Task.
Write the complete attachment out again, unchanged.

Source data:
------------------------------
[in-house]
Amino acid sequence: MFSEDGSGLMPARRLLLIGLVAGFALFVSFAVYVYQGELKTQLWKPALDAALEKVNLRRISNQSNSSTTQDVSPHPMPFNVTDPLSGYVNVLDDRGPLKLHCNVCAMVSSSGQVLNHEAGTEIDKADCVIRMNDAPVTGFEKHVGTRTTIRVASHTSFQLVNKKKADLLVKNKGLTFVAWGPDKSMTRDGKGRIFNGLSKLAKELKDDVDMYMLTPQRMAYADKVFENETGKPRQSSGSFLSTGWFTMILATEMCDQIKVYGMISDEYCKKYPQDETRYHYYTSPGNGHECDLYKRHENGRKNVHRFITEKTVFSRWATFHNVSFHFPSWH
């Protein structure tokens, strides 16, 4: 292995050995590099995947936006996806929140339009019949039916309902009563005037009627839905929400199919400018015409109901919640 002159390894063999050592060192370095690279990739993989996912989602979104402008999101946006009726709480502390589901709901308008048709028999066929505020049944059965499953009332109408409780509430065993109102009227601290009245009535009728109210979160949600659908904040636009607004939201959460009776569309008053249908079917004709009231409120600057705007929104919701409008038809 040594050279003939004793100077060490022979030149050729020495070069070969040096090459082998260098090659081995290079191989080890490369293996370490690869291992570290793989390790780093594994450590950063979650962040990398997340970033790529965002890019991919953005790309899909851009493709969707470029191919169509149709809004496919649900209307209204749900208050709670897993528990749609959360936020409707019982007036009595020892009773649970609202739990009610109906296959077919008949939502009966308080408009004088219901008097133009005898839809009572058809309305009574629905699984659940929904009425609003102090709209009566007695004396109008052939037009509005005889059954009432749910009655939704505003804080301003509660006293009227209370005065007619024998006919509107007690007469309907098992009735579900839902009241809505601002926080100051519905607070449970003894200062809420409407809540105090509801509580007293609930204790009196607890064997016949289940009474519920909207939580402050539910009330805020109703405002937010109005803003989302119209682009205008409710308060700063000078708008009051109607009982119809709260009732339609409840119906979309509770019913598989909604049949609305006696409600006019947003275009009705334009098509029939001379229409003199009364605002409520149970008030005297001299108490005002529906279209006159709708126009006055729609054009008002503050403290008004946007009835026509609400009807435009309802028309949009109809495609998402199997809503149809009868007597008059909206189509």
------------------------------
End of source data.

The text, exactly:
[in-house]
Amino acid sequence: MFSEDGSGLMPARRLLLIGLVAGFALFVSFAVYVYQGELKTQLWKPALDAALEKVNLRRISNQSNSSTTQDVSPHPMPFNVTDPLSGYVNVLDDRGPLKLHCNVCAMVSSSGQVLNHEAGTEIDKADCVIRMNDAPVTGFEKHVGTRTTIRVASHTSFQLVNKKKADLLVKNKGLTFVAWGPDKSMTRDGKGRIFNGLSKLAKELKDDVDMYMLTPQRMAYADKVFENETGKPRQSSGSFLSTGWFTMILATEMCDQIKVYGMISDEYCKKYPQDETRYHYYTSPGNGHECDLYKRHENGRKNVHRFITEKTVFSRWATFHNVSFHFPSWH
């Protein structure tokens, strides 16, 4: 292995050995590099995947936006996806929140339009019949039916309902009563005037009627839905929400199919400018015409109901919640 002159390894063999050592060192370095690279990739993989996912989602979104402008999101946006009726709480502390589901709901308008048709028999066929505020049944059965499953009332109408409780509430065993109102009227601290009245009535009728109210979160949600659908904040636009607004939201959460009776569309008053249908079917004709009231409120600057705007929104919701409008038809 040594050279003939004793100077060490022979030149050729020495070069070969040096090459082998260098090659081995290079191989080890490369293996370490690869291992570290793989390790780093594994450590950063979650962040990398997340970033790529965002890019991919953005790309899909851009493709969707470029191919169509149709809004496919649900209307209204749900208050709670897993528990749609959360936020409707019982007036009595020892009773649970609202739990009610109906296959077919008949939502009966308080408009004088219901008097133009005898839809009572058809309305009574629905699984659940929904009425609003102090709209009566007695004396109008052939037009509005005889059954009432749910009655939704505003804080301003509660006293009227209370005065007619024998006919509107007690007469309907098992009735579900839902009241809505601002926080100051519905607070449970003894200062809420409407809540105090509801509580007293609930204790009196607890064997016949289940009474519920909207939580402050539910009330805020109703405002937010109005803003989302119209682009205008409710308060700063000078708008009051109607009982119809709260009732339609409840119906979309509770019913598989909604049949609305006696409600006019947003275009009705334009098509029939001379229409003199009364605002409520149970008030005297001299108490005002529906279209006159709708126009006055729609054009008002503050403290008004946007009835026509609400009807435009309802028309949009109809495609998402199997809503149809009868007597008059909206189509």